Arts & Entertainment
Developing Dread Through Adversaries
Lesson time 09:52 min
The Terminator and the Alien Queen have stuck in our psyches as some of the most dreadful adversaries ever created. Learn how James thinks about adversaries and how to create them.
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Topics include: Develop a Rationale for Your Adversaries • Make a Worthy, Powerful, and Unique Adversary • Put Your Audience in the Subjective Reality of the Adversary • Designing a Terrifying Creature: The Alien Queen
[DRAMATIC MUSIC] - I don't really love the term "villain." Because I don't think people ever think they're villains, even people that are doing horrific things, cruel things. They have their own rationale. We may not agree with it. And it may be warped or delusional. But they have their own rationale. They don't think they're villains, for the most part. So I like the term "adversary." So an adversary can be nature itself. It could be the tornado in "Twister," for example. But generally, we like human adversaries. Because, first of all, they're more fun. And we see interesting interpretations by actors. So you can go from a relatively simplistic adversary, like the Terminator, who basically is just death. He's just unstoppable. He's just very clear. And you take a very simple concept and you execute it in a disciplined way that becomes extraordinary, because of the perfect synchronicity between the actor, Arnold, and his character, and the way that that was realized, and the fact that he's an unstoppable force. And it's stated by one of the characters. - It can't be bargained with. It can't be reasoned with. It doesn't feel pity, or remorse, or fear. And it absolutely will not stop-- ever-- until you are dead. JAMES CAMERON: You've just made him a very, very simple character. So that's kind of the opposite of subtlety. That's simple in extremity, which is kind of terrifying. Because humans are complex, and there's always the chance that we could maybe talk our way out of it, or we could negotiate, or we could buy them off, or something like that. Not going to work with the Terminator. When I got the great opportunity to direct the sequel to Ridley Scott's classic film, "Alien," where I went for the detail was the Alien Queen. The Alien Queen was not quite so simple a character. Because there's an interesting scene in that film where Ripley does negotiate with the Alien Queen. - JAMES CAMERON: She says, I've got the flamethrower. There's a lot of eggs in this room. I know you care, because you're a mother. So already, that simple character was made more complex. Even though we never heard the Alien Queen utter a line of dialogue, we knew exactly what she was thinking, which was interesting and fun. Who was the villain in "Titanic?" The fiancee? I mean, I think he was an interesting character. There were a number of people who were adversarial to our main characters. But really it was fate. It was circumstance. It was destiny. So to say that there was a "villain" in that film, I think the villain was death. [BELL RINGING] The villain was the death that you knew was there from the beginning from the moment you bought a ticket to go see a movie called "Titanic," where thousands of people died. You could say, us against nature, but it was really-- nature wasn't the enemy. It was human mismanagement that created a catastrophe. So that's a villain in its own sort of category. [DRAMA...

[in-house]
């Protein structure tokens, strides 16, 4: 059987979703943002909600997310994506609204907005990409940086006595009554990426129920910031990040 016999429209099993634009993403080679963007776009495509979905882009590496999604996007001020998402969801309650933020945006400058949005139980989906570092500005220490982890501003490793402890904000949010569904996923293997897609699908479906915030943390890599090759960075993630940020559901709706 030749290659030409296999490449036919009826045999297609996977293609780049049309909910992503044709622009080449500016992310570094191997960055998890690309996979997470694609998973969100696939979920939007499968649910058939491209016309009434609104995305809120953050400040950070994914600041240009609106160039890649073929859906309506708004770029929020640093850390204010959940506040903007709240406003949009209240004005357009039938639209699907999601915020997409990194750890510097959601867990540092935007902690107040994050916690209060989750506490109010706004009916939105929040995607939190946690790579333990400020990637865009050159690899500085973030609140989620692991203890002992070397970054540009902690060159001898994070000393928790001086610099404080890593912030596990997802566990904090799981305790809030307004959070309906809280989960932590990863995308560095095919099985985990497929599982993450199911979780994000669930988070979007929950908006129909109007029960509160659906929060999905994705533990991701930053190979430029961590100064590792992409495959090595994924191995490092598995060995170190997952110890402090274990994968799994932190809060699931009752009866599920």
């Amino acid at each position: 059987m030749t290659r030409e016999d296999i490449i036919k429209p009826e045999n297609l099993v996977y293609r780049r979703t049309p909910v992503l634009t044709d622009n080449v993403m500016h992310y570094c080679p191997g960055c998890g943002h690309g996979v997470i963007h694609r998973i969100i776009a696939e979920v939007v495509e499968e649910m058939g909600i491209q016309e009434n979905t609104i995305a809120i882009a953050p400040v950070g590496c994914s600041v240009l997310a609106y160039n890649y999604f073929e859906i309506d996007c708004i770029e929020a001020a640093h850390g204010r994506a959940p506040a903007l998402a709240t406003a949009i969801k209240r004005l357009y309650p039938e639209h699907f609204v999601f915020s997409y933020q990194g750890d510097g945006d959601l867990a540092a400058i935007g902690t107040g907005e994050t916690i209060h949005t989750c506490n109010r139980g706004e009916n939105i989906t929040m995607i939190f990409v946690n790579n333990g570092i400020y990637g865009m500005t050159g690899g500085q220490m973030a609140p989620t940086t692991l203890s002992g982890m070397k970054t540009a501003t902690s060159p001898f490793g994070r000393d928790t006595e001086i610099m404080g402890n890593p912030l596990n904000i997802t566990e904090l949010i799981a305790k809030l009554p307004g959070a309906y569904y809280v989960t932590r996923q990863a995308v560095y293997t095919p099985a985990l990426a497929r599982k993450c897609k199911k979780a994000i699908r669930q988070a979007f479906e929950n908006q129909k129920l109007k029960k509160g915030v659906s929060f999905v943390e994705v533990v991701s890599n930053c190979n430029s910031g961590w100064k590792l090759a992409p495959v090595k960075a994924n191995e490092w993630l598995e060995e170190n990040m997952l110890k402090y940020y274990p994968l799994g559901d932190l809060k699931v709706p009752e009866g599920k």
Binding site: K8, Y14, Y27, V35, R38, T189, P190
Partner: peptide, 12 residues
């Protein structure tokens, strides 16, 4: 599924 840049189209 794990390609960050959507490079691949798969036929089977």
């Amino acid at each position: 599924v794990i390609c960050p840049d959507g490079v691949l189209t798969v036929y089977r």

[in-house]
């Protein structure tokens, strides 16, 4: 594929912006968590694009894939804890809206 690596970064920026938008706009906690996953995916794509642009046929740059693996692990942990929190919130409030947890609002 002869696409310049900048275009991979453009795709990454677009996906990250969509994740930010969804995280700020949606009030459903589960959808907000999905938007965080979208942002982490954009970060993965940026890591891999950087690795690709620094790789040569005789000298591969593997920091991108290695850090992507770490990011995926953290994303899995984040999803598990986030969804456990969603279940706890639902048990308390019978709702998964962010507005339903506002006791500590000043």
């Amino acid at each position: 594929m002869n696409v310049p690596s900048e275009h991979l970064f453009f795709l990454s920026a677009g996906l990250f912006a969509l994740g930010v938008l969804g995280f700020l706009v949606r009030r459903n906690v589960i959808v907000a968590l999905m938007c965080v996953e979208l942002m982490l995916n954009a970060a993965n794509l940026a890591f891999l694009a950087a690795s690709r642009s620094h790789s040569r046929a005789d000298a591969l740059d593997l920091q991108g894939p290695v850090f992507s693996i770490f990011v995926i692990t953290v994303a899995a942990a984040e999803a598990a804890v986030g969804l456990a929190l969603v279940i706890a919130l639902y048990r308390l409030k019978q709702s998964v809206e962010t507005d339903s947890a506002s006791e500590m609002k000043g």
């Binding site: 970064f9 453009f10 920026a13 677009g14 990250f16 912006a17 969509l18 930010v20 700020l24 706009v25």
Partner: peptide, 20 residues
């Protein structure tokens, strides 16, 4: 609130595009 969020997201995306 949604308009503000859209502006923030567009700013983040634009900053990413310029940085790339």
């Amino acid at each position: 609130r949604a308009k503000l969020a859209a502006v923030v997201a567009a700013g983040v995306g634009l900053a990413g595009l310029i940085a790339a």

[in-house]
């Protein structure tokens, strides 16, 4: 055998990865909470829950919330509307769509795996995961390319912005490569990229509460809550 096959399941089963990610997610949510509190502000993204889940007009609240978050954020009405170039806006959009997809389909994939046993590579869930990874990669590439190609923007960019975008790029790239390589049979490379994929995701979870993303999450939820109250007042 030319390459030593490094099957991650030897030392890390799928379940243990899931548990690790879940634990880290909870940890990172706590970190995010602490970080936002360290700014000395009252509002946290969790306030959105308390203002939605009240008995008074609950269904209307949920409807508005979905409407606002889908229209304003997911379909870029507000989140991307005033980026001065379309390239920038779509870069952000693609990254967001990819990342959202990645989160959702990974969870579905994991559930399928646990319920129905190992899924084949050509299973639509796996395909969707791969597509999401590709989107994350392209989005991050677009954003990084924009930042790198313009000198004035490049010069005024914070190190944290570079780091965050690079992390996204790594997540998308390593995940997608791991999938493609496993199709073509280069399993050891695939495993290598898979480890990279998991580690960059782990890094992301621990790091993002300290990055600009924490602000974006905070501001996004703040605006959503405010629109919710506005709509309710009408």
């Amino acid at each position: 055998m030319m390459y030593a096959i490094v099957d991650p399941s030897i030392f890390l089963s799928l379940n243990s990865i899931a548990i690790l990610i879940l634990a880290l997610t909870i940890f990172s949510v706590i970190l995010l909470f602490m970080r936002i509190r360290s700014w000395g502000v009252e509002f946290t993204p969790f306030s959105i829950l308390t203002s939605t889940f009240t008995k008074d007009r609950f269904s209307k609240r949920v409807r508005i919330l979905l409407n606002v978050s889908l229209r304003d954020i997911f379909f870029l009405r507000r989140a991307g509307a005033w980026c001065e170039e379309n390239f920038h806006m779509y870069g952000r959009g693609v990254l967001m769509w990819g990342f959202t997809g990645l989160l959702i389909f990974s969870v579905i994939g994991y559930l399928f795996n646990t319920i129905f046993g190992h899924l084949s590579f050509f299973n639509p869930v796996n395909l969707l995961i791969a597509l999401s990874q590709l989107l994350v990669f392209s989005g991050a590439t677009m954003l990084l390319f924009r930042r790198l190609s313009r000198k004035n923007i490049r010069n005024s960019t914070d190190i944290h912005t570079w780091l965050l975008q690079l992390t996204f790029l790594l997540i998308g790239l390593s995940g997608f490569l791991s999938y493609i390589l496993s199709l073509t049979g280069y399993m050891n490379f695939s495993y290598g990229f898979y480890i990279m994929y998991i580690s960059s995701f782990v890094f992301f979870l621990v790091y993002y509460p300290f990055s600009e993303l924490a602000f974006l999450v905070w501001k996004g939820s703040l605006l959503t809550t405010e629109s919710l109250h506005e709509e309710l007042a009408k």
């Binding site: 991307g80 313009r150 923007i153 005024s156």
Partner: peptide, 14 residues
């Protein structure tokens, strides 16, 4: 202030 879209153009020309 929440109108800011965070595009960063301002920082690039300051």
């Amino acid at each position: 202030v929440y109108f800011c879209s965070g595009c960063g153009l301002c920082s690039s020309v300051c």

About the Instructor
From The Terminator and Titanic to Avatar, James Cameron has directed some of Hollywood’s biggest blockbusters. Now, for the first time in his 40-year career, he opens up about his process. Through behind-the-scenes breakdowns, James shares his approach to developing ideas, storylines, and characters; harnessing technology; and worldbuilding on any budget. Explore the innovation and imagination behind epic moviemaking.
Featured Masterclass Instructor
Academy Award–winning director James Cameron teaches you the tricks of the trade and shares his approach to epic moviemaking on any budget.Explore the Class